Students and parents deserve choice. Please join the fight to preserve such choice.

I hear a lot of parents who have kids in Charter Schools will be going to Harrisburg on May 6th. That is next Tuesday. A lot of these parents can’t really afford a day off, but they are making the choice for their children.

I hope the media will pick up on this as well. Education is so important. And the media is NOT talking about this, it’s not sexy enough for them or sensationalistic. It’s only education, right?

You can find information on the website of the Pennsylvania Coalition for Public Charter Schools.

Your voice is needed to preset student equity and my final note is this is not merely another pissing match between traditional public schools and public charter schools. As the Pennsylvania Coalition for Public Charter Schools says (and I quote):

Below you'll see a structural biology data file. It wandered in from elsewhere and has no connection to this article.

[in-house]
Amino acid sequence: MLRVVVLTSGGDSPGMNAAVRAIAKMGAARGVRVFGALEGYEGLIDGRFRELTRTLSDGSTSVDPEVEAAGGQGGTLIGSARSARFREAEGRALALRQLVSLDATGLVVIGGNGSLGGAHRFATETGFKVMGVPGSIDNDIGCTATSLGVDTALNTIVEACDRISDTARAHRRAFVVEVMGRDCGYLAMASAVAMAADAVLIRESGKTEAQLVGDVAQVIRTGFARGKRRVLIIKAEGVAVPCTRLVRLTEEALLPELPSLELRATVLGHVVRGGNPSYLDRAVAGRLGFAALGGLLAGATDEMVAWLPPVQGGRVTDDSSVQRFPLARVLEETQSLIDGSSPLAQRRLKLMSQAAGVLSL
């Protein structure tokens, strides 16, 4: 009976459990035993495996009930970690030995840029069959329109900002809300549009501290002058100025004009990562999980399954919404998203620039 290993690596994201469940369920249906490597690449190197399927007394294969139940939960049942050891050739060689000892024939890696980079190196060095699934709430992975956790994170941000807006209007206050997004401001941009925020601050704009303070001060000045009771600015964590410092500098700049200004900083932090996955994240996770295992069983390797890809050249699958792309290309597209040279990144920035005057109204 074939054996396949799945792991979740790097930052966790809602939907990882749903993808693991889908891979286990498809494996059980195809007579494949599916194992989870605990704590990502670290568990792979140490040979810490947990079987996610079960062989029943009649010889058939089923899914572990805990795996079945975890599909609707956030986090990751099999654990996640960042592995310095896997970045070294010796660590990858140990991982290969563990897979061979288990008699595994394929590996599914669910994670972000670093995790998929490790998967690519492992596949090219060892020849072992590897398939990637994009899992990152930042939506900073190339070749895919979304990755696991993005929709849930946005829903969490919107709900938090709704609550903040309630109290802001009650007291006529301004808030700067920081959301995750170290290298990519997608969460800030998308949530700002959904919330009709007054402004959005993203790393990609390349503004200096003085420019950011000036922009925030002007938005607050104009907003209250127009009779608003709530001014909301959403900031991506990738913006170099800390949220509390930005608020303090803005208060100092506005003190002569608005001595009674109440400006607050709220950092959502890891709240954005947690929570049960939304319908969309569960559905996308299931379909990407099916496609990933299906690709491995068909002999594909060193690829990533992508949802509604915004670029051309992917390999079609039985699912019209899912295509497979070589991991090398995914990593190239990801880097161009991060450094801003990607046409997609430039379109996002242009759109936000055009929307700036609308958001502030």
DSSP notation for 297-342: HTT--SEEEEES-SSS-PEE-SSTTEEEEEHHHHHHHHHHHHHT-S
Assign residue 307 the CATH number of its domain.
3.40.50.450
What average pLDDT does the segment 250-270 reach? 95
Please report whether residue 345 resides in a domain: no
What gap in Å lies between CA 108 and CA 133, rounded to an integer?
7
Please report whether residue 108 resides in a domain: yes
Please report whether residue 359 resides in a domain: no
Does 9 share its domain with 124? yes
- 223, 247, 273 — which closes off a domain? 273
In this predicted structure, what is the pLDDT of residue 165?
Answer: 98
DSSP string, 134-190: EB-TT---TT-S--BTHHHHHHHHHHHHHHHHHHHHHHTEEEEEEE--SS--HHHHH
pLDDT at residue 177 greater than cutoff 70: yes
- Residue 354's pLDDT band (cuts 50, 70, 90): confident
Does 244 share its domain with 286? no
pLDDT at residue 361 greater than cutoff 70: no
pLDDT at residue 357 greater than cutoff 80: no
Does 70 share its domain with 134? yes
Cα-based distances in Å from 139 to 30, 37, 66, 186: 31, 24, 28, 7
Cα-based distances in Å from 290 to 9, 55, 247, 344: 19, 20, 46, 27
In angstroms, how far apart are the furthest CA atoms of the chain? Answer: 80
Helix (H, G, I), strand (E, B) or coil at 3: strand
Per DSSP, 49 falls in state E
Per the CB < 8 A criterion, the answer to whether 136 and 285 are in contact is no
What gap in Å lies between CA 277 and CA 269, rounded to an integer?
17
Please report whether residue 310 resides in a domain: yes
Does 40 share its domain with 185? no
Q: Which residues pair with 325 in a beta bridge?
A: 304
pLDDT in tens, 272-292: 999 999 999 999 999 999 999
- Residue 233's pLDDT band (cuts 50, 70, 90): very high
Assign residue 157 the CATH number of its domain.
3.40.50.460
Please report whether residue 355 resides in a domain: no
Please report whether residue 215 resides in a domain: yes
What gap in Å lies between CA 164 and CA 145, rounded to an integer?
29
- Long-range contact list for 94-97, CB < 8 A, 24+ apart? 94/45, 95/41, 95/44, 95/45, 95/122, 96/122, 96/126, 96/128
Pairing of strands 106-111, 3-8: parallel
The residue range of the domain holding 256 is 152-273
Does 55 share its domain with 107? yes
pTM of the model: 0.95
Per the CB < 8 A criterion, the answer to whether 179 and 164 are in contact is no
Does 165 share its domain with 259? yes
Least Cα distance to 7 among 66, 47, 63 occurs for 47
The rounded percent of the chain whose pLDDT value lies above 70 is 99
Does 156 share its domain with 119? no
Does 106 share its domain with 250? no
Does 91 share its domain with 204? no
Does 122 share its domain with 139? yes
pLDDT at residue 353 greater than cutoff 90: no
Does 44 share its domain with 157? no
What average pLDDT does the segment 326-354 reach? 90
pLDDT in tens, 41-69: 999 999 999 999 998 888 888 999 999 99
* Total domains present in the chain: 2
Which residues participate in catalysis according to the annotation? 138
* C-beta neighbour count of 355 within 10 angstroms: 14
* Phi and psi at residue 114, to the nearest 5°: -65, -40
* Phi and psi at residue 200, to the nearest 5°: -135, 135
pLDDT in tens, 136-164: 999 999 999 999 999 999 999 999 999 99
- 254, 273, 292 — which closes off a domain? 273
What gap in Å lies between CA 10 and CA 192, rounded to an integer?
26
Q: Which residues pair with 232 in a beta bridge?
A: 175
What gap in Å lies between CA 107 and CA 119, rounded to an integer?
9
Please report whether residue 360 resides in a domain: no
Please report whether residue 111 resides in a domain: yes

This is not a traditional vs. charter school issue. It is about institutionalized discrimination against special education students based on the school they have chosen to attend. A special education student in a charter school will receive between 30-60 percent less than a student with the same challenges in a traditional school.

My child is not special needs. He is merely a kid who needed a better choice in public education and a charter school has provided that. But I have friends with special needs kids. I know how they scrimp and sacrifice. So for them as well as more generally speaking, anyone who chooses alternative public school education for their children, I write this post. It is also my belief that it won’t be just special needs kids who suffer if these bills are just passed into law the way they are now.

Thanks for stopping by.